Regular viewers of the bevy of wedding-related reality shows on TV these days may be familiar with the varying shades of gowns available—a veritable sea of muted hues. You’ve got diamond, ivory, candlelight, cream, ecru, off-white, and white-white.
But now, thanks to top bridal designers, blue, crimson, and oatmeal have joined the fray. Vera Wang, Oscar de la Renta, Ramona Keveza, and Watters are just a handful of the designers who opted to send color down the runway at the Spring 2013 bridal market fashion shows. Wang’s collection featured her signature frothy layers of tulle and organza in varying shades of scarlet (the previous season, she designed in black and nude hues), while de la Renta presented a girlier take with periwinkle tulle covered in white eyelet. Watters’s Palm Springs gown, a confection of blush tulle, has been making the editorial circuit since last year, as the soft pink turned out to be a hit with brides.
We talked with local gown buyers about decidedly non-white wedding dresses and whether the Washington bride will follow this trend.
Carine Krawiec, owner of Georgetown designer bridal shop, Carine’s Bridal Atelier, says she’s glad to see color infusing standard bridal style.
“Wedding dresses are becoming more of a fashion statement,” she says, explaining the recent trend toward color comes out of the wedding industry’s ambition to use a more haute couture approach to wedding-day apparel. She says she saw many bridal designers taking inspiration from couturiers like Christian Dior for spring 2013.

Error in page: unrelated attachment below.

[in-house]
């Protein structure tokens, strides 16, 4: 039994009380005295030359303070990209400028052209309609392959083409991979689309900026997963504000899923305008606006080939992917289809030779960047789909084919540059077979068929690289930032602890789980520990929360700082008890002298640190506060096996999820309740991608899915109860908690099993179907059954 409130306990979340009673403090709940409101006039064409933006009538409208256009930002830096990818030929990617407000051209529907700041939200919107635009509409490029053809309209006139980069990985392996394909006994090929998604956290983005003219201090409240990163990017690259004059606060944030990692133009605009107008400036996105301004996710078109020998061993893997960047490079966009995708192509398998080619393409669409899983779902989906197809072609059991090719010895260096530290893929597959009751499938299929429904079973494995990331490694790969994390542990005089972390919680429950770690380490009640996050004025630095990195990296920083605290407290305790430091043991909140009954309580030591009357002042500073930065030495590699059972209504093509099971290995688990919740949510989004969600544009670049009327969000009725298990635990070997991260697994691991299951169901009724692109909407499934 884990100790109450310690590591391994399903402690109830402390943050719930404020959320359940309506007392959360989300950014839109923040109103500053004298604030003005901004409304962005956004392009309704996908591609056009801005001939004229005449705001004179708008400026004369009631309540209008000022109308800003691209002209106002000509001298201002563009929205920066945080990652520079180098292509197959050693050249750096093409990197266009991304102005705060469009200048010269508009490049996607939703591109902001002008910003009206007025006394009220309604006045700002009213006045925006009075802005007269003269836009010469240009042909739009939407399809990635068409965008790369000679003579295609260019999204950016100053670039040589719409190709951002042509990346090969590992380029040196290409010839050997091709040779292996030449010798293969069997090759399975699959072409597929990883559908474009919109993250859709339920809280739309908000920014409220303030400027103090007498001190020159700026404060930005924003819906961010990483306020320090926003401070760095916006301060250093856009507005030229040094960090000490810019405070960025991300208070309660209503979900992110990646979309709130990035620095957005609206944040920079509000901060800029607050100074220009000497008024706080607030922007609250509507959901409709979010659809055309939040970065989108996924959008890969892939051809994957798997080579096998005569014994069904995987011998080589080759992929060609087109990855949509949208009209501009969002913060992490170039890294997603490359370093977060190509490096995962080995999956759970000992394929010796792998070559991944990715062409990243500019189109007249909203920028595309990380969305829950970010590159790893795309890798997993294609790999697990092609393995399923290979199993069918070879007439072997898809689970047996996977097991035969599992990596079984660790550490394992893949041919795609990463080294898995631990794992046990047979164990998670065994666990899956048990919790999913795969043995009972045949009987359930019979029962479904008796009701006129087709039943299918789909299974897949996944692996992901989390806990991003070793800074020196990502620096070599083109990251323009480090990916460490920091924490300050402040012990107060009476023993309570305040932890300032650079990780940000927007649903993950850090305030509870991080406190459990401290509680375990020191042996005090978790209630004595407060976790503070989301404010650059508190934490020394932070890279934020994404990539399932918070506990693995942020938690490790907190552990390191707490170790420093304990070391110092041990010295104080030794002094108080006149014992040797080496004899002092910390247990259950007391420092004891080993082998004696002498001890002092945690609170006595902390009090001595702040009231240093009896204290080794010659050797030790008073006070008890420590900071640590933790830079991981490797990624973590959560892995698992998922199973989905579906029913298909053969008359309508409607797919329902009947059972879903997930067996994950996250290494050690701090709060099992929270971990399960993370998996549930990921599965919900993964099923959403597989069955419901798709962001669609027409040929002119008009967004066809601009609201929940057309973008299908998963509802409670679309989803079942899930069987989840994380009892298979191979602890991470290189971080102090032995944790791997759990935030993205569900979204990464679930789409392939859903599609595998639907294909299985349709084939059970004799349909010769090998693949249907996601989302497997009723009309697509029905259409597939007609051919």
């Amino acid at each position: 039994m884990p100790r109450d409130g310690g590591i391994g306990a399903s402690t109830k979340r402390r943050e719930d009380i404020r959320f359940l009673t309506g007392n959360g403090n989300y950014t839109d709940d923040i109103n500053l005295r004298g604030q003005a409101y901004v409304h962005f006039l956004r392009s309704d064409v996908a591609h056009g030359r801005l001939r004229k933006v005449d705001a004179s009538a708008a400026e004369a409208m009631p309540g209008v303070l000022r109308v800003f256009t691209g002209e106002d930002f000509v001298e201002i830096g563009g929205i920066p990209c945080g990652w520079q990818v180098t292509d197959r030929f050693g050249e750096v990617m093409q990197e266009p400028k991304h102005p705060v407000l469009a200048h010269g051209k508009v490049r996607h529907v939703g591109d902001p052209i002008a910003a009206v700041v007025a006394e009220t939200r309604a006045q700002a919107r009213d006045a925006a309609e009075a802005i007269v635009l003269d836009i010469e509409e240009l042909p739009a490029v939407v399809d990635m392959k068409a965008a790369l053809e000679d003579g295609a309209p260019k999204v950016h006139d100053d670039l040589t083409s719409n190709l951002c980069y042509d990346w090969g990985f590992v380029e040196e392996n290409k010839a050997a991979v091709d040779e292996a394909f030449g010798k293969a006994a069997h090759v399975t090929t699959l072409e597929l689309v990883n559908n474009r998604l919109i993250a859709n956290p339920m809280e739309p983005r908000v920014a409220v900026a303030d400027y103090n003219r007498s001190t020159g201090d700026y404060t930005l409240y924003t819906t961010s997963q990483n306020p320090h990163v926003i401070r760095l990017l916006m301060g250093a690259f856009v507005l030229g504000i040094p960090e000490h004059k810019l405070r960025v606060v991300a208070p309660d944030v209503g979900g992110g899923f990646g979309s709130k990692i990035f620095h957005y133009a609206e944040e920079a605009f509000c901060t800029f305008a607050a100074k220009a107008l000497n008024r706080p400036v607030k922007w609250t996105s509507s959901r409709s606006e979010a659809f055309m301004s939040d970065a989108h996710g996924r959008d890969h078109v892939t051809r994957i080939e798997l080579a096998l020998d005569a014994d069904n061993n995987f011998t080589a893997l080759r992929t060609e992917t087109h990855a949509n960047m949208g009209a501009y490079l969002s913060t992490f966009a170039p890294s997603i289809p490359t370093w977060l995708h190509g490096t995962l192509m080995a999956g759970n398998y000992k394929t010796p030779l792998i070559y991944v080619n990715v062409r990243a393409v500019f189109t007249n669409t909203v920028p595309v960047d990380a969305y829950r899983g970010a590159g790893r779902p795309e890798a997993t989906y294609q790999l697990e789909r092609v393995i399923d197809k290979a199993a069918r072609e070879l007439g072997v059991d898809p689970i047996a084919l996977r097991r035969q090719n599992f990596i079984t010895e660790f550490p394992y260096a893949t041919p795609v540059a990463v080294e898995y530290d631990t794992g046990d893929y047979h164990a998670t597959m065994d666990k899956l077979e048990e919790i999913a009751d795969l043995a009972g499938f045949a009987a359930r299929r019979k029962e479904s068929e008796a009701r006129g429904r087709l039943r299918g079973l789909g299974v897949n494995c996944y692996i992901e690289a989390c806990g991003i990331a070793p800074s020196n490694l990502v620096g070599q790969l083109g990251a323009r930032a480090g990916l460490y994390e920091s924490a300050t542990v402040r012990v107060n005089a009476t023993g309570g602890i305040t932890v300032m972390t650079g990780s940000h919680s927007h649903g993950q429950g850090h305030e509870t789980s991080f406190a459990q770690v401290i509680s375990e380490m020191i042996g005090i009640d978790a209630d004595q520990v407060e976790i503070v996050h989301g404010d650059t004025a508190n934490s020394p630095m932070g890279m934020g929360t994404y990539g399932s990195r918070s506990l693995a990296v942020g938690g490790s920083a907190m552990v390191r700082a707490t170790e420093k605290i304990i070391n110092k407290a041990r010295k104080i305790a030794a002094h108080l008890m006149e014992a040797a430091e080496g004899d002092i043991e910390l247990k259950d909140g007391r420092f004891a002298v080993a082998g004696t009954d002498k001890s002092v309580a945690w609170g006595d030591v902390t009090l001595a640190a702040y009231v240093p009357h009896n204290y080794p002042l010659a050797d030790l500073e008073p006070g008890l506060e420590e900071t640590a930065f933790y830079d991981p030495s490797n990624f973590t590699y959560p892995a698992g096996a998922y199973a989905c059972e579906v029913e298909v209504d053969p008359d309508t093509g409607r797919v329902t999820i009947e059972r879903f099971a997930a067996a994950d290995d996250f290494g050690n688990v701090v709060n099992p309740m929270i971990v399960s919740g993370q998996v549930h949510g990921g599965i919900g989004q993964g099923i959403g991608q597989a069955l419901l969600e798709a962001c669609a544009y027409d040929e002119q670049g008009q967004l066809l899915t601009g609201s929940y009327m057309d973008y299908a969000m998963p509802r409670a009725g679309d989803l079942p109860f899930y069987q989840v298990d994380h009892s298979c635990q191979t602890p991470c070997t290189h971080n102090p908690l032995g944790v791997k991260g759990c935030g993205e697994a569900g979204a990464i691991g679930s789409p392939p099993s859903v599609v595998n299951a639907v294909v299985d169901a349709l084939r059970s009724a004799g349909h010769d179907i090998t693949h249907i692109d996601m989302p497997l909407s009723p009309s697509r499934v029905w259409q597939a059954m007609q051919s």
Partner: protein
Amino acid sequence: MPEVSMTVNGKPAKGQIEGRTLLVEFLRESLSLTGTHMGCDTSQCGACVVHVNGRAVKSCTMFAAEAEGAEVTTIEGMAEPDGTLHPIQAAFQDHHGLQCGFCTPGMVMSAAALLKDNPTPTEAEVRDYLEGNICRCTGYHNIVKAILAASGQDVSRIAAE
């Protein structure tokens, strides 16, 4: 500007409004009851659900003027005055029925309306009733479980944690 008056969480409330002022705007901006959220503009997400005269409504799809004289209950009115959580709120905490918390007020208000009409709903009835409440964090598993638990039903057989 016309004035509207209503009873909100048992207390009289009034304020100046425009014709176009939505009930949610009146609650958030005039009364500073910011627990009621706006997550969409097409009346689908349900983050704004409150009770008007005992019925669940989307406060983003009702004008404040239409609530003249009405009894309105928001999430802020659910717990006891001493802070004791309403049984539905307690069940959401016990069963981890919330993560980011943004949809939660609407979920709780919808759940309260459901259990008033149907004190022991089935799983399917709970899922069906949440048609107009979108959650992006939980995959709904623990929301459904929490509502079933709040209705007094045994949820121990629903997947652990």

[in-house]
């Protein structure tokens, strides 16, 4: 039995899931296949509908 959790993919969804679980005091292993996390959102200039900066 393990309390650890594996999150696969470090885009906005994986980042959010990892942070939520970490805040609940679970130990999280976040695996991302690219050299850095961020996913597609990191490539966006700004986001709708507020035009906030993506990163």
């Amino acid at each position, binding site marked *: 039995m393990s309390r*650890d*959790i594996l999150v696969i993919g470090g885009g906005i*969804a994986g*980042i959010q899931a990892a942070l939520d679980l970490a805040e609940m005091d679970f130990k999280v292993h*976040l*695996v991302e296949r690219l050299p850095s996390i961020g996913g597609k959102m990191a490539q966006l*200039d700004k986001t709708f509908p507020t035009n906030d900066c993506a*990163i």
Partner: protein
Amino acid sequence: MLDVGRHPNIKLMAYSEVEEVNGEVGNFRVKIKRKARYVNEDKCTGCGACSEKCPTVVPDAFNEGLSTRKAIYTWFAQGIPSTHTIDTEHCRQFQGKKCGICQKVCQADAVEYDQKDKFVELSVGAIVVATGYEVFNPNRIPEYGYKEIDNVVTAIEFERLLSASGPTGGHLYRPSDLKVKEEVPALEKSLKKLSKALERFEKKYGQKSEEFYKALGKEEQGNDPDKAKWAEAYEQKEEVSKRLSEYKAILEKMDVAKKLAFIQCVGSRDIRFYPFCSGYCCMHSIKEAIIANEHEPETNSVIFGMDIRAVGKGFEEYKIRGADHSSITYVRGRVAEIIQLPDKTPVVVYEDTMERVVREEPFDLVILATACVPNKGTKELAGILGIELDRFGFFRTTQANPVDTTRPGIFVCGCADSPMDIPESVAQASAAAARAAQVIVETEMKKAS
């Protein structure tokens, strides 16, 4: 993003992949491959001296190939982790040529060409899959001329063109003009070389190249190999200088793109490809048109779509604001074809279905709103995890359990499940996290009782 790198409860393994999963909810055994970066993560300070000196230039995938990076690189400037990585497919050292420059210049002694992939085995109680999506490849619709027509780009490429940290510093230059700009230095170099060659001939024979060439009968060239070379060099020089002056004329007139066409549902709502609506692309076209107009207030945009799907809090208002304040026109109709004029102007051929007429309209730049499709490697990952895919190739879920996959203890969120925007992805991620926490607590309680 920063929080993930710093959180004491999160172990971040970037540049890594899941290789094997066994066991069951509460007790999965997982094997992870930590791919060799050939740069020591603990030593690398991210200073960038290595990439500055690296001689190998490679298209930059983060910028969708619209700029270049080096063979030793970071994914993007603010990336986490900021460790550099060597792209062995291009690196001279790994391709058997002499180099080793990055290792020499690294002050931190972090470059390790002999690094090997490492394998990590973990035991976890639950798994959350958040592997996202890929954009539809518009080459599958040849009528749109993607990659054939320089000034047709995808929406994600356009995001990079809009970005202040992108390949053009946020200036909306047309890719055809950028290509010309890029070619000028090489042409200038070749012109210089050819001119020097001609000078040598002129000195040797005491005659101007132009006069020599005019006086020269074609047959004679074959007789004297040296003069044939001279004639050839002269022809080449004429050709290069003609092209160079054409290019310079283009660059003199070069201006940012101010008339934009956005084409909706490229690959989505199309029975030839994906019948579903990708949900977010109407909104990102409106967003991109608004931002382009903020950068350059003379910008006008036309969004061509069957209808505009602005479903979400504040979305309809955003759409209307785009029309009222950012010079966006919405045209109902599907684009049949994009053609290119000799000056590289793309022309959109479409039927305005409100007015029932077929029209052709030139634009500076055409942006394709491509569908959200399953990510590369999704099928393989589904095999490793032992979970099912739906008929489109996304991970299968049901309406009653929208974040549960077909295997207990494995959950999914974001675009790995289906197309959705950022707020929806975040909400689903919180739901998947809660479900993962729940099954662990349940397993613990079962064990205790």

Jennifer Johnston, manager of The Bridal Salon at Saks Jandel, and the exclusive retailer of Vera Wang Bride in Washington, says she finds it refreshing to see gowns in color. But whether local brides will want to take part in the trend in a big way has yet to be determined.
Johnston says Washington brides tend to be more conservative, so she doesn’t expect many orders of Wang’s red creation (let’s face it: it’s tough to pull off a scarlet wedding gown). However, the woman who dreams of wearing one of the popular designer’s pricey creations down the aisle is not relegated to red. Even if the dress went down the runway in crimson, it can be ordered in ivory.
“I will expect to see clients from other countries such as China or India requesting red. The color represents good luck in some cultures,” explains Johnston.
We polled several local brides-to-be, all of whom said they were too conservative or traditional to go for a wedding gown with shades of pink, blue, or red.
But Krawiec reminds that it’s rare when for a bride to know she wants before she starts actually trying on gowns. Seeing herself in the styles has a huge impact on dress selection. “There is always that traditional bride who tries on a colored gown as her wild card and falls in love with it,” she says.